We always do Roths, my TSP, and my wifes Keogh. The TSP and Keogh really helped this year even though we were in the 25% bracket.

I can see continuing to do this if I think we are going to be in a higher than 15% bracket at least while I finish up. However if I get back in the 15% bracekt I am not sure the benefit as I do think tax rates are going to rise.

Even as far out as I am from having to take RMD from retirement accounts I can see this as a possibility.

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Old 04-11-2010, 06:13 PM   #8
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The military pension covering all your needs (if not wants) is great! In my opinion this makes all the difference. Now, all you need to do is to figure out what stages of your life will have more "wants" than others.

From what I have heard here on the board, ER's in their 40's and 50's spend more (and want to spend more) than they will when they get to their 70's and 80's. So, you probably *will* want to have a good part of your portfolio arranged so that you can get to it at those younger ages, such as in your Roths and probably some in taxable investments too.

Sounds like time for you to sit back and think about how you envision your retirement. That will help you determine how much you want to have available at various ages for non-essential expenses.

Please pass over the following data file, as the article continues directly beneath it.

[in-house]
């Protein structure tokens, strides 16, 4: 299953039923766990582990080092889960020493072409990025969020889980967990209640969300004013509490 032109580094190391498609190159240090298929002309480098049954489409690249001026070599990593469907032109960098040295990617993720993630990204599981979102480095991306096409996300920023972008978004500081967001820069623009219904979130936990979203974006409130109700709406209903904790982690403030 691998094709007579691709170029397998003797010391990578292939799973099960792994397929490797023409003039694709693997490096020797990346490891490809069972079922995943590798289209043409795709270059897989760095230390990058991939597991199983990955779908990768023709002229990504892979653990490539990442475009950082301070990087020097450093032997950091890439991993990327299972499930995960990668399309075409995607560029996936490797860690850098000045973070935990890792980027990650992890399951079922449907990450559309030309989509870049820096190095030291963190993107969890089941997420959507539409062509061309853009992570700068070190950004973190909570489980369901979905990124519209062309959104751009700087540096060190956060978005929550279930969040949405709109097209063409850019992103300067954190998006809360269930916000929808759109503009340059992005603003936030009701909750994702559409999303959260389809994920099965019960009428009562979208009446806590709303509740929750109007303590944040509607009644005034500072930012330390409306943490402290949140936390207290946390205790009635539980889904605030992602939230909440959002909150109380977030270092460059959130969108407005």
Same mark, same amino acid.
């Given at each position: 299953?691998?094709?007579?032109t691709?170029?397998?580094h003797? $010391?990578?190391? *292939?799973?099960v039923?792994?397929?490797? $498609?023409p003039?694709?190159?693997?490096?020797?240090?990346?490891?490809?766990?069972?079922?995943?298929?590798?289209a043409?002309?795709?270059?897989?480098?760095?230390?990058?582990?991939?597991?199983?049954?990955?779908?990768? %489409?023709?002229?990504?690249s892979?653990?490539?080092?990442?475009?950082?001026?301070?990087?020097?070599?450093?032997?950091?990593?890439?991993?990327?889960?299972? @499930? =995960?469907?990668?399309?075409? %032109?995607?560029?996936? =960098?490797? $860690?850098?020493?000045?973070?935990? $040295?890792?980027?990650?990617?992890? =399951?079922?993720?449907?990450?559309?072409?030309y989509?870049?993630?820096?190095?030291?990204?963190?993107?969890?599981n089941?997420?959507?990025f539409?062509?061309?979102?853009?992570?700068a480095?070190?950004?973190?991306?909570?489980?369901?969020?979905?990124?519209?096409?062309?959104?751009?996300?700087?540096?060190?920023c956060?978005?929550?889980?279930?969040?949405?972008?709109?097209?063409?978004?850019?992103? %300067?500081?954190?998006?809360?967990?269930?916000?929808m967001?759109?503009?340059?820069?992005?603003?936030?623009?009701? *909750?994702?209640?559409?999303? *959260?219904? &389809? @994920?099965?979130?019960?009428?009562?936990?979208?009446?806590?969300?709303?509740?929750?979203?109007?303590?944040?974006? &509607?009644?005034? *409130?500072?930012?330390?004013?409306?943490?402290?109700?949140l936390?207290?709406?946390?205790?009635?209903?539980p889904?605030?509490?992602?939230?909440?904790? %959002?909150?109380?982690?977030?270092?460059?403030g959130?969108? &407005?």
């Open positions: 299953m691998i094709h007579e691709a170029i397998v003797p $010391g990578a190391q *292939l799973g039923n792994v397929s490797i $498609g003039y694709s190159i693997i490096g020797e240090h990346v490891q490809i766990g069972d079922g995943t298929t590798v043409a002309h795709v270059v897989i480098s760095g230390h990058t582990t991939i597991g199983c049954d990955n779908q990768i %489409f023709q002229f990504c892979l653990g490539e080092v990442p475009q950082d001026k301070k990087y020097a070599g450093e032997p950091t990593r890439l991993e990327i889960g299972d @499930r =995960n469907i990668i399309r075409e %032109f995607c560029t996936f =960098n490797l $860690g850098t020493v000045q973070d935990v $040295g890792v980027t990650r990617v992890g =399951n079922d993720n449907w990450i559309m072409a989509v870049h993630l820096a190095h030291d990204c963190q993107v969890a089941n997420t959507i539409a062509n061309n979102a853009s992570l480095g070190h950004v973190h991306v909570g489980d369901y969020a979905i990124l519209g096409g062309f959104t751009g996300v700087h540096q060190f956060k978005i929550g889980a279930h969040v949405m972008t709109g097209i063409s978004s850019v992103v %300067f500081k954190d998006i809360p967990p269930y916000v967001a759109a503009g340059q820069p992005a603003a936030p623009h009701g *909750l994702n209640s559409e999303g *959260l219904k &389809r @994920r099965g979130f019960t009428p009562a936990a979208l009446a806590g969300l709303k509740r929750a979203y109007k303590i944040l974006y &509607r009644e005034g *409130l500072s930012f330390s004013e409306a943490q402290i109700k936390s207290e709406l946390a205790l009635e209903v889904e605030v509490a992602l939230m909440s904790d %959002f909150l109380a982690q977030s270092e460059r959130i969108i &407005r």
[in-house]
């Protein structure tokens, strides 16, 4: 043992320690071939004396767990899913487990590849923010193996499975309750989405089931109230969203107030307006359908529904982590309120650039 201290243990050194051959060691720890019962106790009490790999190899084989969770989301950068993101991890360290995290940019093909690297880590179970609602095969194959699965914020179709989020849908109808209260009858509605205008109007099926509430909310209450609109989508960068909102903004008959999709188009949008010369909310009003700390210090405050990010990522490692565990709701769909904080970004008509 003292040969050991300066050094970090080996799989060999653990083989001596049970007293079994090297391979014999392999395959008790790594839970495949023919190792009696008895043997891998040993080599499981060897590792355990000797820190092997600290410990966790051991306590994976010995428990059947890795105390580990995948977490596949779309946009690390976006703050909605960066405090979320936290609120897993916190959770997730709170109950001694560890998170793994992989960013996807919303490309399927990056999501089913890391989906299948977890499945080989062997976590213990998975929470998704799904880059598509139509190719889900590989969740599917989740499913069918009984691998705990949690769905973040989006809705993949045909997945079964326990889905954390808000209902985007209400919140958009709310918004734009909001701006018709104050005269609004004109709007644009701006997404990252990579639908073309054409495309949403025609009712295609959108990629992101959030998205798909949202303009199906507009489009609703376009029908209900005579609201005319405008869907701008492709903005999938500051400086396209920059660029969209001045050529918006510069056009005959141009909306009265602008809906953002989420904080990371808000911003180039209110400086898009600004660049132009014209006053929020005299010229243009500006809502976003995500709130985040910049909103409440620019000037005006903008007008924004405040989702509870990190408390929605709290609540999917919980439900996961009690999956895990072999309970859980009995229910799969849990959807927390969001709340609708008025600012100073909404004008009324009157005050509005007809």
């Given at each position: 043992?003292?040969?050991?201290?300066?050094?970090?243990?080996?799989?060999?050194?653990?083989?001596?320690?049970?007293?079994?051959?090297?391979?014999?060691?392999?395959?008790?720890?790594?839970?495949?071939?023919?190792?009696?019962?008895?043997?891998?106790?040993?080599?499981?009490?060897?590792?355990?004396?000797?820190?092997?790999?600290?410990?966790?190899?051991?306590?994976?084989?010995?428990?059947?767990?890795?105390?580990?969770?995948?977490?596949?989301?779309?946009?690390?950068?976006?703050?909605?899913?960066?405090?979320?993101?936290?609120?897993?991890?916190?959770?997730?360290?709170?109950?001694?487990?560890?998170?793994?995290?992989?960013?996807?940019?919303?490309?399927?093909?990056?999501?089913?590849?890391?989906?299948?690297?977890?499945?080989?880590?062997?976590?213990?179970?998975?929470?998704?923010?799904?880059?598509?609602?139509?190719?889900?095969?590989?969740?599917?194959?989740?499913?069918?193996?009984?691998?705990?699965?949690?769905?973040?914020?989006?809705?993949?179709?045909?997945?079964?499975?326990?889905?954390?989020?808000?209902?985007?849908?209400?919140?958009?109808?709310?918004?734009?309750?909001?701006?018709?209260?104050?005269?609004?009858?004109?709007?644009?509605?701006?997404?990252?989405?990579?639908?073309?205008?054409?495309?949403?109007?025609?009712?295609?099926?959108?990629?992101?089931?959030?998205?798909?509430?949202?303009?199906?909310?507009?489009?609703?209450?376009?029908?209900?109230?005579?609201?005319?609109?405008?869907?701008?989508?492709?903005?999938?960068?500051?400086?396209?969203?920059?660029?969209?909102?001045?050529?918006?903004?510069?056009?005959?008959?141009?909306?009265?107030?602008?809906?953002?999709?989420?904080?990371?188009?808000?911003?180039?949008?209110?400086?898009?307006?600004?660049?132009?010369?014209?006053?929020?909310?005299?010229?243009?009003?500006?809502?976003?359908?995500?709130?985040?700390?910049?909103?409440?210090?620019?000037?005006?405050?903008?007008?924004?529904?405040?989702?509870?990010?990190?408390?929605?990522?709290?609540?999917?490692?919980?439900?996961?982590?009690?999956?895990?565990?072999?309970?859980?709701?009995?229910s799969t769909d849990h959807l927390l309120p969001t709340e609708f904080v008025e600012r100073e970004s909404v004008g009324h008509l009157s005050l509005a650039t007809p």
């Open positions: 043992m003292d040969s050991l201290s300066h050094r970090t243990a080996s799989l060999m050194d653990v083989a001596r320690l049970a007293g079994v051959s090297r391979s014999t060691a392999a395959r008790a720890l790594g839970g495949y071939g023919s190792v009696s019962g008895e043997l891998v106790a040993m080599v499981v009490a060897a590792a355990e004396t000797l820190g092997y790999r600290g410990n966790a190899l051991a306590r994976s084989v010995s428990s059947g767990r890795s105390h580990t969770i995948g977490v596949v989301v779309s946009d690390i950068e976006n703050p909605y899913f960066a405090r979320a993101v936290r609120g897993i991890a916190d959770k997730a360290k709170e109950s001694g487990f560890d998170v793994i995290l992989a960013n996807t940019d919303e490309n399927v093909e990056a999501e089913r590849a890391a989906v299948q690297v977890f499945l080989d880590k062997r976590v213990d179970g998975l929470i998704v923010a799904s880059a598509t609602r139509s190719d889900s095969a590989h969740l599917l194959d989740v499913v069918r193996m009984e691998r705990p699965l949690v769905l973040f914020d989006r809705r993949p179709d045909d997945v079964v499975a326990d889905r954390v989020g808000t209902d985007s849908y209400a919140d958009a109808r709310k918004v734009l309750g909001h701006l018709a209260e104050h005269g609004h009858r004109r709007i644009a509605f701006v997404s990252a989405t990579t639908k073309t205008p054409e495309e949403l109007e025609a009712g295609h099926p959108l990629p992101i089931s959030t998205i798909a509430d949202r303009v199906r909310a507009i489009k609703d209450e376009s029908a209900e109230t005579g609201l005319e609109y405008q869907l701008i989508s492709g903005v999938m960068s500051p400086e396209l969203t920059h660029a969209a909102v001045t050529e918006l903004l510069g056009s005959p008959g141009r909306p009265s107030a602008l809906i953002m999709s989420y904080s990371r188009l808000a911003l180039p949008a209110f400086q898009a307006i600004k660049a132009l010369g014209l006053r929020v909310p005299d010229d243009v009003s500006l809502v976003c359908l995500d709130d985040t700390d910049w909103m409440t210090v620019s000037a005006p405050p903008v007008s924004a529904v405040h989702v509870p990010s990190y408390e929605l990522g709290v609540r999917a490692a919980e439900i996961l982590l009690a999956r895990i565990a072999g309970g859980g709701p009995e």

It is a truism here on the message board that for tax efficiency, one should keep one's bond funds in tax sheltered accounts (like your TSP), and that equity index funds are more efficient for taxable accounts. If you do not end up with enough room in your tax sheltered accounts for all your bonds, you will have to put some bonds in taxable accounts, where their yields are unfortunately taxed. That is another factor to consider.
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Old 04-12-2010, 04:06 PM   #9
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I am still saving for FIRE (hope to go at 52 in 11 years). I save in both tax deferred and taxable accounts (low cost index funds, some stocks), with the plan of having enough taxable account money to get me to 59 1/2 or longer, so that I don't have to worry about touching the tax deferred until then. I save about 1/2 and 1/2 right now.